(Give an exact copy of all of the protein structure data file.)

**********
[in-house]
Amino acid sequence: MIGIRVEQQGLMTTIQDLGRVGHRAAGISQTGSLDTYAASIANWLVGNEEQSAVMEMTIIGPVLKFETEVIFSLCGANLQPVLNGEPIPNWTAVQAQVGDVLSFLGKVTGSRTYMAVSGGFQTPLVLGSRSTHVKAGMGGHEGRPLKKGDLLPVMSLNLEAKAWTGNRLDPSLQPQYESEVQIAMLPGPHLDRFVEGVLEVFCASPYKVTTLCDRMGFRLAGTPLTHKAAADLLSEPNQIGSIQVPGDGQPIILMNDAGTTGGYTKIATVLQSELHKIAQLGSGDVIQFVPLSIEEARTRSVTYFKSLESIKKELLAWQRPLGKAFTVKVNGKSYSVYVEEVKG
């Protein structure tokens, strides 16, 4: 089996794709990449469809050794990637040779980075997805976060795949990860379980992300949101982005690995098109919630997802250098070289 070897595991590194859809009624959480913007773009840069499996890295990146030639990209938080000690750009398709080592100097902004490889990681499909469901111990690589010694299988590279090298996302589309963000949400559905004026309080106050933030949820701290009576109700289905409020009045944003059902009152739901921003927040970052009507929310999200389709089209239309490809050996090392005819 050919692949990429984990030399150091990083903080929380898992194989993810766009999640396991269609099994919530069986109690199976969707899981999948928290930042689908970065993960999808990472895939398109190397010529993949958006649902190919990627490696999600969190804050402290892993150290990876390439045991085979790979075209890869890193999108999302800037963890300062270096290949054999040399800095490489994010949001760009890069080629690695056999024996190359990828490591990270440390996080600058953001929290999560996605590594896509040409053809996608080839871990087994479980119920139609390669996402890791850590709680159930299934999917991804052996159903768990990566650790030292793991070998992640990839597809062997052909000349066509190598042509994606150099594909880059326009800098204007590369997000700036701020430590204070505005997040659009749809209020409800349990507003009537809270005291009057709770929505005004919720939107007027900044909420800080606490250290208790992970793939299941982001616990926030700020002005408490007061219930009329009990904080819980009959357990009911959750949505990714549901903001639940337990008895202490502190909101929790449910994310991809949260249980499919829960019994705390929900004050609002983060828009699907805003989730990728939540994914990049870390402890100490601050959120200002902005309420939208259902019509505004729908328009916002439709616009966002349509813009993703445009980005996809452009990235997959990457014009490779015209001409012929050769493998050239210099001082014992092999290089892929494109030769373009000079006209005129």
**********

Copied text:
[in-house]
Amino acid sequence: MIGIRVEQQGLMTTIQDLGRVGHRAAGISQTGSLDTYAASIANWLVGNEEQSAVMEMTIIGPVLKFETEVIFSLCGANLQPVLNGEPIPNWTAVQAQVGDVLSFLGKVTGSRTYMAVSGGFQTPLVLGSRSTHVKAGMGGHEGRPLKKGDLLPVMSLNLEAKAWTGNRLDPSLQPQYESEVQIAMLPGPHLDRFVEGVLEVFCASPYKVTTLCDRMGFRLAGTPLTHKAAADLLSEPNQIGSIQVPGDGQPIILMNDAGTTGGYTKIATVLQSELHKIAQLGSGDVIQFVPLSIEEARTRSVTYFKSLESIKKELLAWQRPLGKAFTVKVNGKSYSVYVEEVKG
């Protein structure tokens, strides 16, 4: 089996794709990449469809050794990637040779980075997805976060795949990860379980992300949101982005690995098109919630997802250098070289 070897595991590194859809009624959480913007773009840069499996890295990146030639990209938080000690750009398709080592100097902004490889990681499909469901111990690589010694299988590279090298996302589309963000949400559905004026309080106050933030949820701290009576109700289905409020009045944003059902009152739901921003927040970052009507929310999200389709089209239309490809050996090392005819 050919692949990429984990030399150091990083903080929380898992194989993810766009999640396991269609099994919530069986109690199976969707899981999948928290930042689908970065993960999808990472895939398109190397010529993949958006649902190919990627490696999600969190804050402290892993150290990876390439045991085979790979075209890869890193999108999302800037963890300062270096290949054999040399800095490489994010949001760009890069080629690695056999024996190359990828490591990270440390996080600058953001929290999560996605590594896509040409053809996608080839871990087994479980119920139609390669996402890791850590709680159930299934999917991804052996159903768990990566650790030292793991070998992640990839597809062997052909000349066509190598042509994606150099594909880059326009800098204007590369997000700036701020430590204070505005997040659009749809209020409800349990507003009537809270005291009057709770929505005004919720939107007027900044909420800080606490250290208790992970793939299941982001616990926030700020002005408490007061219930009329009990904080819980009959357990009911959750949505990714549901903001639940337990008895202490502190909101929790449910994310991809949260249980499919829960019994705390929900004050609002983060828009699907805003989730990728939540994914990049870390402890100490601050959120200002902005309420939208259902019509505004729908328009916002439709616009966002349509813009993703445009980005996809452009990235997959990457014009490779015209001409012929050769493998050239210099001082014992092999290089892929494109030769373009000079006209005129």